Many people tend to think the grass is greener on the other side of the fence. That’s also what I used to think. I grew up in a dysfunctional environment, which I don’t wish on any child, so I grew up admiring friends and acquaintances who seem to have a smooth sail through life.
However, when I got to know people closer and more intimately, I found out that everyone has their share of tears in life. I’ve also discovered that, like me, everyone thinks their life is harder than others. They also admire others for their seemingly happier life. With today’s Facebook and social media, where everyone tends to share their happy moments, we think our life sucks even more than ever before.
The Chinese say, “Every home has a hard-to-read bible” (家家有本难念的经), which means every family has a sad story that they don’t want to recall or retell. We live in a fallen world—a sea of suffering. It is not whether we will have a storm, but it is when. You are either in the middle of a storm, coming out of one, or heading into another. There may be a moment of calmness and peace in between.
Jesus give us an opportunity to sleep through the storms. If you understand this teaching, you will live a happier life. Since storms are inevitable, what we need to learn is how to sail through them. Jesus expects us to even sleep through the storms of life. Can you? Let’s see how he teaches us in today’s scripture lesson.
[Hi, in case we haven’t met yet, I am Sam Stone, the Lightkeeper. You are the light of the world, and I am the keeper! (No pun intended). It’s my calling to help you shine your brightest so that God is glorified in you, and you are satisfied in God.]
The scripture lesson for today is from the Gospel According to Mark 4:35-41. [Listen to the Word of the Lord!]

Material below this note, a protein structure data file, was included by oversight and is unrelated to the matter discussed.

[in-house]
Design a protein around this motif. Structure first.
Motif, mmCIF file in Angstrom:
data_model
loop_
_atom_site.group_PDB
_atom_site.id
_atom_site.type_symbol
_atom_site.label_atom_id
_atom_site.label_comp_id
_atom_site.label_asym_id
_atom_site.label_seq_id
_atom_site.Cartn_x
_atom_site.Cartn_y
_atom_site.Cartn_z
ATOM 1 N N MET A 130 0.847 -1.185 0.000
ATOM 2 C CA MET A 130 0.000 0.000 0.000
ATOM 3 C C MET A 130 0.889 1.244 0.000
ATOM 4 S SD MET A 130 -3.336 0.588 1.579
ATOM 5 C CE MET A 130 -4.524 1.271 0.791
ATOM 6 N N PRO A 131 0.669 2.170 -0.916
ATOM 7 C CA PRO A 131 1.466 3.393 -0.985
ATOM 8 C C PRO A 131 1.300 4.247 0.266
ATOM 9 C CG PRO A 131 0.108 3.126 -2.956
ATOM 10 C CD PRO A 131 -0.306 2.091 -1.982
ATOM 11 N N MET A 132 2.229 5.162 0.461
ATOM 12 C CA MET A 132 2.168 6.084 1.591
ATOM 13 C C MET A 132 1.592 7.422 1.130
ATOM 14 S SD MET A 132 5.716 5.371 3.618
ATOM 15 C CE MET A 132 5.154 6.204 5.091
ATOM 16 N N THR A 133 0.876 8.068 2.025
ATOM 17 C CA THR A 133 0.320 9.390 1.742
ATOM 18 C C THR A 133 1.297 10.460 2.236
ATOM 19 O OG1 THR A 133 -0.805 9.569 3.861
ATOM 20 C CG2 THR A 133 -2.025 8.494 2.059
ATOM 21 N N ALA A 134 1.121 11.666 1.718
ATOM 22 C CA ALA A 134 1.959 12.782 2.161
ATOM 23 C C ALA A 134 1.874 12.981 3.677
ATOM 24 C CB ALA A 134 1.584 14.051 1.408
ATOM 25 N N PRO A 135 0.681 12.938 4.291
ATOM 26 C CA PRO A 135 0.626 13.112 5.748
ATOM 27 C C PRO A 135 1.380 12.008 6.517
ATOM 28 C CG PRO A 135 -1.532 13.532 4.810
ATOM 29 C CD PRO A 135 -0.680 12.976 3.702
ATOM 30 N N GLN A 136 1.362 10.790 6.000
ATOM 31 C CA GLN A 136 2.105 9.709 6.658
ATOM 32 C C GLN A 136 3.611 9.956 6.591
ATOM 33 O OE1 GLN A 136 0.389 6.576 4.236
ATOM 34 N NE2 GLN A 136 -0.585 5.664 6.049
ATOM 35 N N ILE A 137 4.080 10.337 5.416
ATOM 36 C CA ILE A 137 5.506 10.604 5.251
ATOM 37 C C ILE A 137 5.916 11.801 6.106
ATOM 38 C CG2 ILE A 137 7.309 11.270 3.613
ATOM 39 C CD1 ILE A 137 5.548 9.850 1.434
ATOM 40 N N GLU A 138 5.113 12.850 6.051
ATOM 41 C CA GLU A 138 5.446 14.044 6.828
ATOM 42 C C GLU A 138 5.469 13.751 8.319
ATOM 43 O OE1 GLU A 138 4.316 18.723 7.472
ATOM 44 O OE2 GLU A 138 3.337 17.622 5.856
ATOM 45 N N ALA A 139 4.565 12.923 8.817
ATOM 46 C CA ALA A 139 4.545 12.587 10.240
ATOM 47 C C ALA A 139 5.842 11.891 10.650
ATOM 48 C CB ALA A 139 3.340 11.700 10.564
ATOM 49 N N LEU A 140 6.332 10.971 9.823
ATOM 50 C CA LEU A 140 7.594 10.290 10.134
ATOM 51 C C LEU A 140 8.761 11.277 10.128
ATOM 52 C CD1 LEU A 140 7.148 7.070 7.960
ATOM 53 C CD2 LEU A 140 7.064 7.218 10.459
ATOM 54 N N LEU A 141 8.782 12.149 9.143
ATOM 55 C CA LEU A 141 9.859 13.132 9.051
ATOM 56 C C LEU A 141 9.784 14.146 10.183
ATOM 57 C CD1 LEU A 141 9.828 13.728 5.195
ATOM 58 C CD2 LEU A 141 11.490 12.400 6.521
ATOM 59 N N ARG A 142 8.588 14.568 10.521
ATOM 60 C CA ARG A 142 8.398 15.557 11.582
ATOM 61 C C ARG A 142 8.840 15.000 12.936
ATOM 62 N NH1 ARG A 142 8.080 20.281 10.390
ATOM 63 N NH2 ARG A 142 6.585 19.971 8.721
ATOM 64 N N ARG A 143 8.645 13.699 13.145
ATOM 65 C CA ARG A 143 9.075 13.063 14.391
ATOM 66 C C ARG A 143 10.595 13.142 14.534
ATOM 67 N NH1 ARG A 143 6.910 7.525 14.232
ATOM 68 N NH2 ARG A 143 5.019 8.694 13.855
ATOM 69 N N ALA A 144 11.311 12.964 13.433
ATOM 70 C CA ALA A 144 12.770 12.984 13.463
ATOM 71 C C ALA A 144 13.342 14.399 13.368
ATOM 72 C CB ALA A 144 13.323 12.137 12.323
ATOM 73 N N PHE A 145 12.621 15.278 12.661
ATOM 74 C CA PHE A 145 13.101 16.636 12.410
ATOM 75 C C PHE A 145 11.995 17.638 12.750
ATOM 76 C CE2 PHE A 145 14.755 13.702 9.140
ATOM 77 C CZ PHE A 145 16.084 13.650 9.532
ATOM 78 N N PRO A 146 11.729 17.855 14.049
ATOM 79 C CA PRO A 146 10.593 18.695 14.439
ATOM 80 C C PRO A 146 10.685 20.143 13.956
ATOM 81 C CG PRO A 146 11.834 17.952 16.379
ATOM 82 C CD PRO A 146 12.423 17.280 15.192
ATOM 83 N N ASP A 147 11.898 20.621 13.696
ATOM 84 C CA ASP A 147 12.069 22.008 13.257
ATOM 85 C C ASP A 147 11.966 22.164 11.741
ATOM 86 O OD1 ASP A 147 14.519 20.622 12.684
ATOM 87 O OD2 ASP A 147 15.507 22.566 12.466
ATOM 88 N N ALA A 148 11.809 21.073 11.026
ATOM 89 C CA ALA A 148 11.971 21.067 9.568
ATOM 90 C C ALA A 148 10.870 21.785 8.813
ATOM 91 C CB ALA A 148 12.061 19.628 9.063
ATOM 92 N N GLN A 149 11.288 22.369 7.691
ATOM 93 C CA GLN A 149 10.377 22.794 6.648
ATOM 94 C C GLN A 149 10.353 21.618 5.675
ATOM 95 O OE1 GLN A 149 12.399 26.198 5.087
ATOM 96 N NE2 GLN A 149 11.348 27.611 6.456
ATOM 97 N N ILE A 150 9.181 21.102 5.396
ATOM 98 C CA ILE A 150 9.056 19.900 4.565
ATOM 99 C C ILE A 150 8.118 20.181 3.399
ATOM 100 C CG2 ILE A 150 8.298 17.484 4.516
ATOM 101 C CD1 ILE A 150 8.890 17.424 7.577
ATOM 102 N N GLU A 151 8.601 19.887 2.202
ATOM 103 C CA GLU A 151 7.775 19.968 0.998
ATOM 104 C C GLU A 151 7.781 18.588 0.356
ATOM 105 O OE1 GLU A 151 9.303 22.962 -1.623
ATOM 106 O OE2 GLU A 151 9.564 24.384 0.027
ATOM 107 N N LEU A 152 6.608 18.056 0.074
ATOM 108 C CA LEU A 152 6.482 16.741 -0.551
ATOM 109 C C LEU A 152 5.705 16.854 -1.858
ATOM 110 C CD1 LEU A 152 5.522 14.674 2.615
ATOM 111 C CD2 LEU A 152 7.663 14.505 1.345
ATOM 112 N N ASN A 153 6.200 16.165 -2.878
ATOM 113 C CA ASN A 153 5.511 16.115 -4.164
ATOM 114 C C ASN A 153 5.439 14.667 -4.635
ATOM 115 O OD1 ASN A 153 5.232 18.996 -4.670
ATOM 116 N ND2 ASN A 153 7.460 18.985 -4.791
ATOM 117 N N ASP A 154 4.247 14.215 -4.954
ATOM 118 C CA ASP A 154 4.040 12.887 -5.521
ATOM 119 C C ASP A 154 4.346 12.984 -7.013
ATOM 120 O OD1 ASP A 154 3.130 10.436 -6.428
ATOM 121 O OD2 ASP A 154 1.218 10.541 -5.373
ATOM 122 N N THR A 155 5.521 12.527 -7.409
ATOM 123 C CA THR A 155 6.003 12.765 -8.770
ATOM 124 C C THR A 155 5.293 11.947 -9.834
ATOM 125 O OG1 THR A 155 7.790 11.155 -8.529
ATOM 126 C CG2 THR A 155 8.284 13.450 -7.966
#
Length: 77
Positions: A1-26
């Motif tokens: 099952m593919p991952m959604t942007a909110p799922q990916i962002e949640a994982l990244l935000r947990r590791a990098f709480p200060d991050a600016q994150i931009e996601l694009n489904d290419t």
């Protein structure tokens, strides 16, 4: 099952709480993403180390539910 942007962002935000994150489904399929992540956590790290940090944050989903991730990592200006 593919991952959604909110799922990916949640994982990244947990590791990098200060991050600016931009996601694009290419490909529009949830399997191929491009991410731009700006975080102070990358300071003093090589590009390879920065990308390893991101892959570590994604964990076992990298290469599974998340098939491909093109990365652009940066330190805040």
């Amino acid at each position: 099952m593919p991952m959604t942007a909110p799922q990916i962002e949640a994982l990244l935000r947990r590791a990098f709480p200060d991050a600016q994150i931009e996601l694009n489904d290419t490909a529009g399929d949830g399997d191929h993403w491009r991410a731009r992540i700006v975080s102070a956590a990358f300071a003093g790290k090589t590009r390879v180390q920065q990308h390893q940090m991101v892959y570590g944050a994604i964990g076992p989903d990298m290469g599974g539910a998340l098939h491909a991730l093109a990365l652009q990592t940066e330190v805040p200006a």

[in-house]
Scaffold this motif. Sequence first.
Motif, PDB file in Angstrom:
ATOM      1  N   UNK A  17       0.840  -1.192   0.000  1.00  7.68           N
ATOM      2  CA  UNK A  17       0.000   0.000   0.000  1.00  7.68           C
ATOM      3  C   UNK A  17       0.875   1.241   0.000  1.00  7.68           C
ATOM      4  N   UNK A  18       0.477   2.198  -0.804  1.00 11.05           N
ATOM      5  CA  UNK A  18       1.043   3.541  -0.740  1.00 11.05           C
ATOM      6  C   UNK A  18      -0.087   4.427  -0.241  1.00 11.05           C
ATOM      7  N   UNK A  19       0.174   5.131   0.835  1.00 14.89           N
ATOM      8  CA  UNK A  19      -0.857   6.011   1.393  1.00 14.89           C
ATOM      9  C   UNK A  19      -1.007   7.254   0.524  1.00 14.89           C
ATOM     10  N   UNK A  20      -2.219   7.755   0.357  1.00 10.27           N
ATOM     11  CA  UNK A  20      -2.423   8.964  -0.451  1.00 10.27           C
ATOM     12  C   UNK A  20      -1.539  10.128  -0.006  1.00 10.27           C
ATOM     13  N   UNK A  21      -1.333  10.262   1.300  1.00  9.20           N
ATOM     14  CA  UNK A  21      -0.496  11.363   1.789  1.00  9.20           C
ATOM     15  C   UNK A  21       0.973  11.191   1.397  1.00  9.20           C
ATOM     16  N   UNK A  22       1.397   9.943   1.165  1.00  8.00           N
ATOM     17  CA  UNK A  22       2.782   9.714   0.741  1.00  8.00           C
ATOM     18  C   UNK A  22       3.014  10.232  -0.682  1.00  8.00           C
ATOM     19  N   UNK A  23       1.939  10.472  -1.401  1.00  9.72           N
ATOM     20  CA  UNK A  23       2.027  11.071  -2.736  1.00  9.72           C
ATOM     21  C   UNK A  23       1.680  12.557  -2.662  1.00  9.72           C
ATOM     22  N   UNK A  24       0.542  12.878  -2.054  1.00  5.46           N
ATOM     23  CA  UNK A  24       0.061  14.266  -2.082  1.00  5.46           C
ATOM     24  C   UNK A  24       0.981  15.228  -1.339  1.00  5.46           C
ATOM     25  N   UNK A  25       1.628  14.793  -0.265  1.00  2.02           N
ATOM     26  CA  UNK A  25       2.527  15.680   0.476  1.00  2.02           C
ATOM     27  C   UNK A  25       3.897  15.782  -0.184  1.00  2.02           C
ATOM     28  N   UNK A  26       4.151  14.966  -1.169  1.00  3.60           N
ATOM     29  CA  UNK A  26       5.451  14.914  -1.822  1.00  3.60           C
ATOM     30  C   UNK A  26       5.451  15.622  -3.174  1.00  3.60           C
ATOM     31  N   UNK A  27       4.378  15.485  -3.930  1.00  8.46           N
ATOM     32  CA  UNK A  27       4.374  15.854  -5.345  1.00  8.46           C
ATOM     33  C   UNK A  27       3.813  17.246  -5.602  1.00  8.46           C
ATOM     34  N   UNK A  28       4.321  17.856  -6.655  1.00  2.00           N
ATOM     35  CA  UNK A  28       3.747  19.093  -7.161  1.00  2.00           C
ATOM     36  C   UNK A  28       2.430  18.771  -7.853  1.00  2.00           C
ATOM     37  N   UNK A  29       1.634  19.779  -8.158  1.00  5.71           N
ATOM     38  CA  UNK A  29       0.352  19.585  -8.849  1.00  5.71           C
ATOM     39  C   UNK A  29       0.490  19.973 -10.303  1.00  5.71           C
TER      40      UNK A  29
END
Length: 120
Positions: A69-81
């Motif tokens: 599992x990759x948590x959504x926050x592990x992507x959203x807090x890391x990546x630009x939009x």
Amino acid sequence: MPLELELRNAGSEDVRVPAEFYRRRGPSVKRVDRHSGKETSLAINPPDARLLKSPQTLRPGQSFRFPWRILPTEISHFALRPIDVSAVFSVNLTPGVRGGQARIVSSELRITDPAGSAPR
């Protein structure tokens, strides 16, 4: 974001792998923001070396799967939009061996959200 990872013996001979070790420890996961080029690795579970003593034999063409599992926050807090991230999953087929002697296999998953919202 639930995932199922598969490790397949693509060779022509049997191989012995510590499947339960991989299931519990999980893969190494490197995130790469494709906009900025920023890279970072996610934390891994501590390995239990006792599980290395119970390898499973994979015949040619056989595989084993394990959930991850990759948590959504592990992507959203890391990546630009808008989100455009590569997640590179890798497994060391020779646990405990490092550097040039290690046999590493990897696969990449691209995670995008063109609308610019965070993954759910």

On that day, when evening had come, he said to them, “Let us go across to the other side.” 36 And leaving the crowd behind, they took him with them in the boat, just as he was. Other boats were with him. 37 A great windstorm arose, and the waves beat into the boat, so that the boat was already being swamped. 38 But he was in the stern, asleep on the cushion; and they woke him up and said to him, “Teacher, do you not care that we are perishing?” 39 He woke up and rebuked the wind, and said to the sea, “Peace! Be still!” Then the wind ceased, and there was a dead calm. 40 He said to them, “Why are you afraid? Have you still no faith?” 41 And they were filled with great awe and said to one another, “Who then is this, that even the wind and the sea obey him?”
[This is the Word of the Lord. Thanks be to God!]
Unlike most traditional interpretations, this story is not about Jesus’ power to calm the storm. If you focus on the miracle, you miss a more important lesson. According to the context, Jesus was teaching them to sleep through the storms.
Right before this story, Jesus told a parable of seeds and harvest (which we dealt with last week). Jesus said,
“The kingdom of God is as if someone would scatter seed on the ground, and would sleep and rise night and day, and the seed would sprout and grow, he does not know how.” (Mark 4:26–27).
Mark puts the story of the storm in this context to give us the real-life example of the parable. The parable teaches us to do our part of sowing the seeds, then sleeping and rising to let God do God’s parts. We don’t have to know how the plants grow. All we need is to harvest the crop in due time.
The evening after teaching this parable, Jesus showed them how to sleep peacefully, what comes may after a day of labor. He said to them, “Let us go across the other side.” Jesus might know the storm was coming, and it was a good opportunity for an examination after the lessons.
Jesus slept soundly through the storm, and he expected his disciples to do the same. However, the storm was so severe that the disciples thought they were about to die. So, they woke Jesus up and said,
“Teacher, do you not care that we are perishing?” (v 38b).